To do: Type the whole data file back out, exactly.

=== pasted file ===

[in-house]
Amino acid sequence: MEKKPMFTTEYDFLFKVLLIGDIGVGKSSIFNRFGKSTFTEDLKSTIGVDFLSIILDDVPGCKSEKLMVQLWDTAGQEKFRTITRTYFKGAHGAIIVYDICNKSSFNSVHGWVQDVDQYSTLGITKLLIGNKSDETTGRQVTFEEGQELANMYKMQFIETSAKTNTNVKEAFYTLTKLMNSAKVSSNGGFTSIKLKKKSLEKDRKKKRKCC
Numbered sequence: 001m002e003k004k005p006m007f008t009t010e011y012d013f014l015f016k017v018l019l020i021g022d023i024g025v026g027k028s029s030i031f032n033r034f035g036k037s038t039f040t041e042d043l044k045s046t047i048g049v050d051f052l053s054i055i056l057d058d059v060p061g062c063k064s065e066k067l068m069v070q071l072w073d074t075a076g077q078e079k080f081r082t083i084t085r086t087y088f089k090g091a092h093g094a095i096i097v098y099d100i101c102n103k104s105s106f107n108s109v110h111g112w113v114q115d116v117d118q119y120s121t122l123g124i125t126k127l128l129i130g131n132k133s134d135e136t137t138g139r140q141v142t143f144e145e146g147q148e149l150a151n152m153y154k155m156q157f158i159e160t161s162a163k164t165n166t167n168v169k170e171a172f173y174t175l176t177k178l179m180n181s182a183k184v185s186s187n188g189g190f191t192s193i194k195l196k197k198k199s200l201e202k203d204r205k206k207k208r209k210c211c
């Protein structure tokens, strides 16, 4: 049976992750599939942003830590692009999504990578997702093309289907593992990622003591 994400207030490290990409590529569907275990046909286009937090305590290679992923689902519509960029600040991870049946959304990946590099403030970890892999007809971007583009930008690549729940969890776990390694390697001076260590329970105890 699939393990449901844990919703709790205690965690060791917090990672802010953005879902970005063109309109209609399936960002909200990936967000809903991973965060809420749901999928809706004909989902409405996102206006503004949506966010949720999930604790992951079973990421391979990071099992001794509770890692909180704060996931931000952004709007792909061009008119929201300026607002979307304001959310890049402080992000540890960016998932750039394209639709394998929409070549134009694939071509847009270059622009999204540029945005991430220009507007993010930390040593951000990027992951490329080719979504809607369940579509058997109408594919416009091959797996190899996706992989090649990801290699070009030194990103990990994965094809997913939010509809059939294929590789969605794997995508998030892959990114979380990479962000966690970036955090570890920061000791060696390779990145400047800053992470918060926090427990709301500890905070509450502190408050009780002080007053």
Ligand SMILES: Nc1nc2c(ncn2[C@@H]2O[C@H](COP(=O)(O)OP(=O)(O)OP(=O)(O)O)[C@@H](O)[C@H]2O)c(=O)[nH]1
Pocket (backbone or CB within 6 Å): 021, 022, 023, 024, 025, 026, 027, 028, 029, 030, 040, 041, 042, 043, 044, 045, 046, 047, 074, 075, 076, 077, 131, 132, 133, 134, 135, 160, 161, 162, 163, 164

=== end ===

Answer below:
[in-house]
Amino acid sequence: MEKKPMFTTEYDFLFKVLLIGDIGVGKSSIFNRFGKSTFTEDLKSTIGVDFLSIILDDVPGCKSEKLMVQLWDTAGQEKFRTITRTYFKGAHGAIIVYDICNKSSFNSVHGWVQDVDQYSTLGITKLLIGNKSDETTGRQVTFEEGQELANMYKMQFIETSAKTNTNVKEAFYTLTKLMNSAKVSSNGGFTSIKLKKKSLEKDRKKKRKCC
Numbered sequence: 001m002e003k004k005p006m007f008t009t010e011y012d013f014l015f016k017v018l019l020i021g022d023i024g025v026g027k028s029s030i031f032n033r034f035g036k037s038t039f040t041e042d043l044k045s046t047i048g049v050d051f052l053s054i055i056l057d058d059v060p061g062c063k064s065e066k067l068m069v070q071l072w073d074t075a076g077q078e079k080f081r082t083i084t085r086t087y088f089k090g091a092h093g094a095i096i097v098y099d100i101c102n103k104s105s106f107n108s109v110h111g112w113v114q115d116v117d118q119y120s121t122l123g124i125t126k127l128l129i130g131n132k133s134d135e136t137t138g139r140q141v142t143f144e145e146g147q148e149l150a151n152m153y154k155m156q157f158i159e160t161s162a163k164t165n166t167n168v169k170e171a172f173y174t175l176t177k178l179m180n181s182a183k184v185s186s187n188g189g190f191t192s193i194k195l196k197k198k199s200l201e202k203d204r205k206k207k208r209k210c211c
């Protein structure tokens, strides 16, 4: 049976992750599939942003830590692009999504990578997702093309289907593992990622003591 994400207030490290990409590529569907275990046909286009937090305590290679992923689902519509960029600040991870049946959304990946590099403030970890892999007809971007583009930008690549729940969890776990390694390697001076260590329970105890 699939393990449901844990919703709790205690965690060791917090990672802010953005879902970005063109309109209609399936960002909200990936967000809903991973965060809420749901999928809706004909989902409405996102206006503004949506966010949720999930604790992951079973990421391979990071099992001794509770890692909180704060996931931000952004709007792909061009008119929201300026607002979307304001959310890049402080992000540890960016998932750039394209639709394998929409070549134009694939071509847009270059622009999204540029945005991430220009507007993010930390040593951000990027992951490329080719979504809607369940579509058997109408594919416009091959797996190899996706992989090649990801290699070009030194990103990990994965094809997913939010509809059939294929590789969605794997995508998030892959990114979380990479962000966690970036955090570890920061000791060696390779990145400047800053992470918060926090427990709301500890905070509450502190408050009780002080007053």
Ligand SMILES: Nc1nc2c(ncn2[C@@H]2O[C@H](COP(=O)(O)OP(=O)(O)OP(=O)(O)O)[C@@H](O)[C@H]2O)c(=O)[nH]1
Pocket (backbone or CB within 6 Å): 021, 022, 023, 024, 025, 026, 027, 028, 029, 030, 040, 041, 042, 043, 044, 045, 046, 047, 074, 075, 076, 077, 131, 132, 133, 134, 135, 160, 161, 162, 163, 164